FLAGSTAFF, Ariz. – Pairings for Friday’s quarterfinal round of match play at the 2014 U.S. Girls’ Junior Championship, being conducted on the Meadow Course at the 6,718-yard, par-72 Forest Highlands Golf Club (All times MST):

Upper Bracket

7 a.m. – Cindy Ha, Demarest, N.J. (145) vs. Brigitte Dunne, Camarillo, Calif. (148)
7:10 a.m. – Princess Mary Superal, Philippines (142) vs. Bethany Wu, Diamond Bar, Calif. (142)

Lower Bracket

7:20 a.m. – Marijosse Navarro, Mexico (136) vs. Andrea Lee, Hermosa Beach, Calif. (143)
7:30 a.m. – Shelly Shin, Australia (147) vs. Binny Lee, Frisco, Texas (150)


Follow the USGA
Become a Facebook Fan of the USGAFollow us on Twitter @USGA
Get The Rules of Golf App For Your iPhone Or Android Today
Partner Links
AmEx image
AmEx image
AmEx image
AmEx image

The USGA and Chevron have committed to using the game of golf to encourage students in science, technology, engineering and math (STEM) disciplines. This commitment has led to the creation of extensive golf-focused STEM teaching tools, and has resulted in charitable contributions to support golf-related programs through Eagles for Education™

At U.S. Open Championships the Chevron STEM ZONE™ is an interactive experience highlighting the science and math behind the game of golf through a variety of hands-on exhibits and experiments.

The partnership has also produced educational materials such as the Science of Golf video series and a nationally-distributed newspaper insert which are provided to teachers as tools to enhance existing curriculum in schools. These lessons teach the science behind the USGA’s equipment testing, handicapping, and agronomy efforts.

For more interactive experiences featuring golf-focused STEM lessons, visit the partnership homepage.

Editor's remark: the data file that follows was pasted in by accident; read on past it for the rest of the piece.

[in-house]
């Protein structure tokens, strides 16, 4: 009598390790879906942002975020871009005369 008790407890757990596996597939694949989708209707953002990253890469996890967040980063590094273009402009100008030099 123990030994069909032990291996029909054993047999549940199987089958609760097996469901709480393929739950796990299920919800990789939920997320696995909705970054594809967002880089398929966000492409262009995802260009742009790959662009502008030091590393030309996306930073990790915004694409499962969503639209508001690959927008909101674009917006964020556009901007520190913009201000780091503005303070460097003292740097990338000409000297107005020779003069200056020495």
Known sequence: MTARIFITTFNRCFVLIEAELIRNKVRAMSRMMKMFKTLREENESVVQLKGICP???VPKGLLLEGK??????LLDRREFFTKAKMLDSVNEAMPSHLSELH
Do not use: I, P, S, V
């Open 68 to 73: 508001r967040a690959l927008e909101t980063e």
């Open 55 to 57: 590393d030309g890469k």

Chevron image

Rolex has been a longtime supporter of the USGA and salutes the sportsmanship and great traditions unique to the game. This support includes the Rules of Golf where Rolex has partnered with the USGA to ensure golfers understand and appreciate the game.

As the official timekeeper of the USGA and its championships, they also provide clocks throughout host sites for spectator convenience.

For more information on Rolex and their celebration of the game, visit the Rolex and Golf homepage.

Rolex image

IBM has partnered with the USGA to bring the same technology, expertise, and innovation it provides to businesses all over the world to the USGA and golf's national championship.

IBM provides the information technology to develop and host the U.S. Open’s official website, www.usopen.com, as well as the mobile apps and scoring systems for the three U.S. Open championships. These real-time technology solutions provide an enhanced experience for fans following the championship onsite and online.

For more information on IBM and the technology that powers the U.S. Open and businesses worldwide, visit http://www.usopen.com/IBM

AmEx image

Lexus is committed to partnering with the USGA to deliver a best-in-class experience for the world’s best golfers by providing a fleet of courtesy luxury vehicles for all USGA Championships.

At each U.S. Open, Women’s Open and Senior Open, Lexus provides spectators with access to unique experiences ranging from the opportunity to have a picture taken with both the U.S. Open and U.S. Women’s Open trophies to autograph signings with legendary Lexus Golf Ambassadors in the Lexus Performance Drive Pavilion.

For more information on Lexus, visit http://www.lexus.com/

AmEx image
American Express

Together, American Express and the USGA have been providing world-class service to golf fans since 2006. By creating interactive U.S. Open experiences both onsite and online, American Express enhances the USGA’s effort to make the game more accessible and enjoyable for fans.

For more information on American Express visit www.americanexpress.com/entertainment

AmEx image